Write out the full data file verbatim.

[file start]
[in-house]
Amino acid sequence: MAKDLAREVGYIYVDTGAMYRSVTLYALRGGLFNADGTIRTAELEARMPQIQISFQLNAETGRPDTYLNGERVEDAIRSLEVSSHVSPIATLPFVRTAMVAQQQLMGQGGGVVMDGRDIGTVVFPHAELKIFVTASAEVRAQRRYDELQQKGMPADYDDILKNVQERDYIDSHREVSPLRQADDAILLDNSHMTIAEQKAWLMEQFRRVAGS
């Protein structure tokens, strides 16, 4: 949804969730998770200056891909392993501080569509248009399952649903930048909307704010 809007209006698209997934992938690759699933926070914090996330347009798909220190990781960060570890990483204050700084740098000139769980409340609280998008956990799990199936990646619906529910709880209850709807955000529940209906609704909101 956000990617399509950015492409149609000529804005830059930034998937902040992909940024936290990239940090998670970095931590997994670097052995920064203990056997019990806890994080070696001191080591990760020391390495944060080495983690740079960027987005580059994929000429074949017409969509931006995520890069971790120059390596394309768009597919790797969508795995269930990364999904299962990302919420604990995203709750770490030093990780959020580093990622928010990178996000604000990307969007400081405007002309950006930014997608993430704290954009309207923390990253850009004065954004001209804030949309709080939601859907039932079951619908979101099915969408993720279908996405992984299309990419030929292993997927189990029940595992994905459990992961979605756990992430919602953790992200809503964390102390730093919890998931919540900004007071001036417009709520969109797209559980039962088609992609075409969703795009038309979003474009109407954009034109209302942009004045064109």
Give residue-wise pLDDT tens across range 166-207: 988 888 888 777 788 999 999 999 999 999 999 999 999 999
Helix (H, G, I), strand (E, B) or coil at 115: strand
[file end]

[in-house]
Amino acid sequence: MAKDLAREVGYIYVDTGAMYRSVTLYALRGGLFNADGTIRTAELEARMPQIQISFQLNAETGRPDTYLNGERVEDAIRSLEVSSHVSPIATLPFVRTAMVAQQQLMGQGGGVVMDGRDIGTVVFPHAELKIFVTASAEVRAQRRYDELQQKGMPADYDDILKNVQERDYIDSHREVSPLRQADDAILLDNSHMTIAEQKAWLMEQFRRVAGS
């Protein structure tokens, strides 16, 4: 949804969730998770200056891909392993501080569509248009399952649903930048909307704010 809007209006698209997934992938690759699933926070914090996330347009798909220190990781960060570890990483204050700084740098000139769980409340609280998008956990799990199936990646619906529910709880209850709807955000529940209906609704909101 956000990617399509950015492409149609000529804005830059930034998937902040992909940024936290990239940090998670970095931590997994670097052995920064203990056997019990806890994080070696001191080591990760020391390495944060080495983690740079960027987005580059994929000429074949017409969509931006995520890069971790120059390596394309768009597919790797969508795995269930990364999904299962990302919420604990995203709750770490030093990780959020580093990622928010990178996000604000990307969007400081405007002309950006930014997608993430704290954009309207923390990253850009004065954004001209804030949309709080939601859907039932079951619908979101099915969408993720279908996405992984299309990419030929292993997927189990029940595992994905459990992961979605756990992430919602953790992200809503964390102390730093919890998931919540900004007071001036417009709520969109797209559980039962088609992609075409969703795009038309979003474009109407954009034109209302942009004045064109």
Give residue-wise pLDDT tens across range 166-207: 988 888 888 777 788 999 999 999 999 999 999 999 999 999
Helix (H, G, I), strand (E, B) or coil at 115: strand